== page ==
Why integrate Python with Excel VBA? The truth of the matter is, you can pretty much do anything in VBA. So, if that is the case, why would you want to use Python? Well, there are a number of reasons.
  1. You can create a custom function in Excel without learning VBA (if you don't know it already)
  2. Your users are comfortable in Excel
  3. You can speed up your data operations significantly by using Python
  4. There are libraries for just about anything in Python (Machine Learning, Data Science, etc)
  5. Because you can!!!

Getting Set Up to Use xlwings The first thing we need to do, as with any new library we want to use, is to install it. It's super easy to do; with two commands we'll be set up in no time. So, go ahead and type in your terminal: The first thing we need to do, as with any new library we want to use, is to install it. It's super easy to do; with two commands we'll be set up in no time. So, go ahead and type in your terminal:
pip install xlwings
Once the library has been downloaded and installed, we need to install the Excel integration part. Ensure you've closed down all your Excel instances and in any terminal type: Once the library has been downloaded and installed, we need to install the Excel integration part. Ensure you've closed down all your Excel instances and in any terminal type:
xlwings addin install
Assuming you experience no errors, you should be able to proceed. However, oftentimes on Win10 with Excel 2016, people will see the following error: Assuming you experience no errors, you should be able to proceed. However, oftentimes on Win10 with Excel 2016, people will see the following error:
xlwings 0.17.0
[Errno 2] No such file or directory: 'C:\\Users\\costa\\AppData\\Roaming\\Microsoft\\Excel\\XLSTART\\xlwings.xlam'
If you are one of the lucky ones to experience the above error, all you need to do is create the missing directory. You can do that easily by using the mkdir command. In my case, I did: If you are one of the lucky ones to experience the above error, all you need to do is create the missing directory. You can do that easily by using the mkdir command. In my case, I did:
mkdir C:\\Users\\costa\\AppData\\Roaming\\Microsoft\\Excel\\XLSTART
Assuming the successful installation of the excel integration with the python library, the main difference you will immediately notice is in Excel: Assuming the successful installation of the excel integration with the python library, the main difference you will immediately notice is in Excel:
Enabling User Defined Functions for xlwings First up, we need to load the Excel Add-in. You can hit Alt, L, H and then navigate to the directory above to load the plugin. Once you're done, you should be able to see the following: First up, we need to load the Excel Add-in. You can hit Alt, L, H and then navigate to the directory above to load the plugin. Once you're done, you should be able to see the following:
Finally, you need to Enable Trust access to the VBA project object model. You can do that by navigating to File > Options > Trust Center > Trust Center Settings > Macro Settings: Finally, you need to Enable Trust access to the VBA project object model. You can do that by navigating to File > Options > Trust Center > Trust Center Settings > Macro Settings:

Photo by Pakata Goh on Unsplash
Getting Started with xlwings There are two main ways you can go from Excel to Python (and back). The first one is to call a Python script directly from VBA, while the other one is through a User Defined Function. Let us have a quick look at both. In order to avoid any confusion and to have the correct set up every time, xlwings offers to create your Excel spreadsheet, ready to go. Let us then use this functionality. Using the terminal, we navigate to the directory we like and type: There are two main ways you can go from Excel to Python (and back). The first one is to call a Python script directly from VBA, while the other one is through a User Defined Function. Let us have a quick look at both. In order to avoid any confusion and to have the correct set up every time, xlwings offers to create your Excel spreadsheet, ready to go. Let us then use this functionality. Using the terminal, we navigate to the directory we like and type: In order to avoid any confusion and to have the correct set up every time, xlwings offers to create your Excel spreadsheet, ready to go. Let us then use this functionality. Using the terminal, we navigate to the directory we like and type: In order to avoid any confusion and to have the correct set up every time, xlwings offers to create your Excel spreadsheet, ready to go. Let us then use this functionality. Using the terminal, we navigate to the directory we like and type:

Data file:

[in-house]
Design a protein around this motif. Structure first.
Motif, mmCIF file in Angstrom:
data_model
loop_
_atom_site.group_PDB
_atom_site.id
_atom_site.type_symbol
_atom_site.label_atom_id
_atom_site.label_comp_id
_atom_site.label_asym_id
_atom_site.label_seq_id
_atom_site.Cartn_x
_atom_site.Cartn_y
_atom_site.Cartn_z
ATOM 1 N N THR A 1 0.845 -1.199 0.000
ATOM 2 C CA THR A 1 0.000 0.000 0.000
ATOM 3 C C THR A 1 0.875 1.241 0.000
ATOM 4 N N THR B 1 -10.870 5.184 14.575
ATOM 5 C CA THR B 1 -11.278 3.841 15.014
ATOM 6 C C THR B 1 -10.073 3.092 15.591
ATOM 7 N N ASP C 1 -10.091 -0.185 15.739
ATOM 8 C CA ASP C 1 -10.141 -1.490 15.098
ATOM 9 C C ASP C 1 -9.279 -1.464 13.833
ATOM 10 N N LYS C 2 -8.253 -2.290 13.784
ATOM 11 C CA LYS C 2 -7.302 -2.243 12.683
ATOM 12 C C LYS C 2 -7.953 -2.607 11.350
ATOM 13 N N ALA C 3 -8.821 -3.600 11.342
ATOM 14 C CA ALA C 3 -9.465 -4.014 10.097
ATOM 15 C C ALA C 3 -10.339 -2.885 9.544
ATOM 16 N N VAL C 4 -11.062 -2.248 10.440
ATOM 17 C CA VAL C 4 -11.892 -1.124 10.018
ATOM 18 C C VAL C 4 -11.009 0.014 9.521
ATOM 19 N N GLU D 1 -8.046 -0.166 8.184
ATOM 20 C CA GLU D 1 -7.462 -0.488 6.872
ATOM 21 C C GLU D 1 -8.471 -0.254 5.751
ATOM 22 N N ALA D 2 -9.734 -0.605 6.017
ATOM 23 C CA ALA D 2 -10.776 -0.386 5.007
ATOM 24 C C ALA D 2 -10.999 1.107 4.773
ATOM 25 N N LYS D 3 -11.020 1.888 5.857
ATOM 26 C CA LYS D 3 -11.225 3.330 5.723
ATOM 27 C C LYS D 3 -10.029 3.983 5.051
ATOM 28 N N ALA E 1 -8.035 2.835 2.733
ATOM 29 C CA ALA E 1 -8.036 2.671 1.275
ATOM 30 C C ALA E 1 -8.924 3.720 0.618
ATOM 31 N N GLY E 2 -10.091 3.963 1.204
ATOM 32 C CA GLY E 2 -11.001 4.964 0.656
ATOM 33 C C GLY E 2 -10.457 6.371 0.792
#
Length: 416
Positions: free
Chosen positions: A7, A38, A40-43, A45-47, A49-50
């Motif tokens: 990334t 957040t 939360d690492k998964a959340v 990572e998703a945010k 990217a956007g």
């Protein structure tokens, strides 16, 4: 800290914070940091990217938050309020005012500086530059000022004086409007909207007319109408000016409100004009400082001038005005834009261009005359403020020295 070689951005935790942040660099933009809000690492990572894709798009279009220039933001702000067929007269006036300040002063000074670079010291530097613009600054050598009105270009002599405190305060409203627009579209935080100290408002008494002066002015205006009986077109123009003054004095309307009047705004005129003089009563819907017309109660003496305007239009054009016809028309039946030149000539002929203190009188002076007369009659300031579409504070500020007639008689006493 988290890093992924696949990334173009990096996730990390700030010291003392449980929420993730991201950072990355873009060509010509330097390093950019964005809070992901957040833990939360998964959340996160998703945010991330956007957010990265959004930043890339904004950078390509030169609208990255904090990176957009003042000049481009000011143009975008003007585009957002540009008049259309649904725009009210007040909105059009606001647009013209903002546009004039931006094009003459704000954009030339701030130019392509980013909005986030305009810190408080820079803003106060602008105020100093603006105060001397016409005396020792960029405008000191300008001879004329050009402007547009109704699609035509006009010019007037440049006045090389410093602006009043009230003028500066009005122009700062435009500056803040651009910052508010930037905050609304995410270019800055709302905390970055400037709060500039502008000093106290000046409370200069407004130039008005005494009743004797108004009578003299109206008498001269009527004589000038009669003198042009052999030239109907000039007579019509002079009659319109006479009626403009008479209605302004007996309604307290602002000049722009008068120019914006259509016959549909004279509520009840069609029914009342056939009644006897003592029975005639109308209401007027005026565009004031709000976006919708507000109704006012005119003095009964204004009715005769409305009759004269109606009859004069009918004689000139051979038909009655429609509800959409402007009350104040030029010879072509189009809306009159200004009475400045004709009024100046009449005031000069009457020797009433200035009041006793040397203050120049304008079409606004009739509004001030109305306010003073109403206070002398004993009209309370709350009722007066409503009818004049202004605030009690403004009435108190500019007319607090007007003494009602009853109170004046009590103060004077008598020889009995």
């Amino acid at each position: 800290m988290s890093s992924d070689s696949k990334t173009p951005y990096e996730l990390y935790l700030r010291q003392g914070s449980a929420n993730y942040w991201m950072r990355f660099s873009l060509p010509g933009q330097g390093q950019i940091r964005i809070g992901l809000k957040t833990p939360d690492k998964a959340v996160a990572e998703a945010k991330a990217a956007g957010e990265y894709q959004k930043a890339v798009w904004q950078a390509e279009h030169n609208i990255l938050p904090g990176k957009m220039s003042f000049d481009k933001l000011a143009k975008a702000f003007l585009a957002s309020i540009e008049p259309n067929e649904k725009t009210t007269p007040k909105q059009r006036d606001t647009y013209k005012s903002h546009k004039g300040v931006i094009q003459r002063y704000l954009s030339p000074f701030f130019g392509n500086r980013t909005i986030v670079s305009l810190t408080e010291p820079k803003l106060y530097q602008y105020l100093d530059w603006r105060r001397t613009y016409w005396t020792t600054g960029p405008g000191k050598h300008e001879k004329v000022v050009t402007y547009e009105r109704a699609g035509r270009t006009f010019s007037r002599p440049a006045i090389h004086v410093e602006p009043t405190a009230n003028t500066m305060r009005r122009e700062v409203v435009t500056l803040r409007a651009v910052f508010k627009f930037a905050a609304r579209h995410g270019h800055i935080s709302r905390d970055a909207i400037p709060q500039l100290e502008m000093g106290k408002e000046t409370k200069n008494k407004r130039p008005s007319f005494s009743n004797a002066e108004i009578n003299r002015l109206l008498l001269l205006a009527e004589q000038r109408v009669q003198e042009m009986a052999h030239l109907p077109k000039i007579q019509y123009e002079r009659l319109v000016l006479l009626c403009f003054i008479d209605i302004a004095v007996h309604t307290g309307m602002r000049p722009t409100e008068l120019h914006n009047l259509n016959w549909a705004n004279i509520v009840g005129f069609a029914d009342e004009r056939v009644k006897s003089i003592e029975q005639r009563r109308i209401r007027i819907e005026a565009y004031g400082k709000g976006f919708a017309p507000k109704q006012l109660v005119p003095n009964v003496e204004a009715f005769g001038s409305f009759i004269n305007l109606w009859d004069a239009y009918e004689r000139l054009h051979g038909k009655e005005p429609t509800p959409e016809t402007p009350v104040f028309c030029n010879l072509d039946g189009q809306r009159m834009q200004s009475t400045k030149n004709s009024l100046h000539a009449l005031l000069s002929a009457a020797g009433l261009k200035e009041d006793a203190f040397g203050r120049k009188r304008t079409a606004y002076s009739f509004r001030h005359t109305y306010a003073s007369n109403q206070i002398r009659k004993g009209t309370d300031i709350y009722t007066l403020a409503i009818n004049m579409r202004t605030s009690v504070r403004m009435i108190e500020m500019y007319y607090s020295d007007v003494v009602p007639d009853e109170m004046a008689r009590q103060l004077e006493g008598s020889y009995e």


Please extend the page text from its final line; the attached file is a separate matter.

xlwings quickstart ProjectName
I am calling this MyFirstPythonXL. The above command will create a new folder in your pre-navigated directory with an Excel worksheet and a python file. I am calling this MyFirstPythonXL. The above command will create a new folder in your pre-navigated directory with an Excel worksheet and a python file.
Opening the .xlsm file, you immediately notice a new Excel sheet called Opening the .xlsm file, you immediately notice a new Excel sheet called _xlwings.conf . Should you wish to override the default settings of xlwings, all you have to do is rename this sheet and remove the starting underscore. And with that, we are all set up and ready to begin using xlwings.
VBA to Python Before we jump into the coding, let us first ensure we are all on the same page. To bring up our Excel VBA editor, hit Before we jump into the coding, let us first ensure we are all on the same page. To bring up our Excel VBA editor, hit Alt + F11 . This should return the following screen:
VBA editor with xlwings
The key things to note here is that this code will do the following: The key things to note here is that this code will do the following: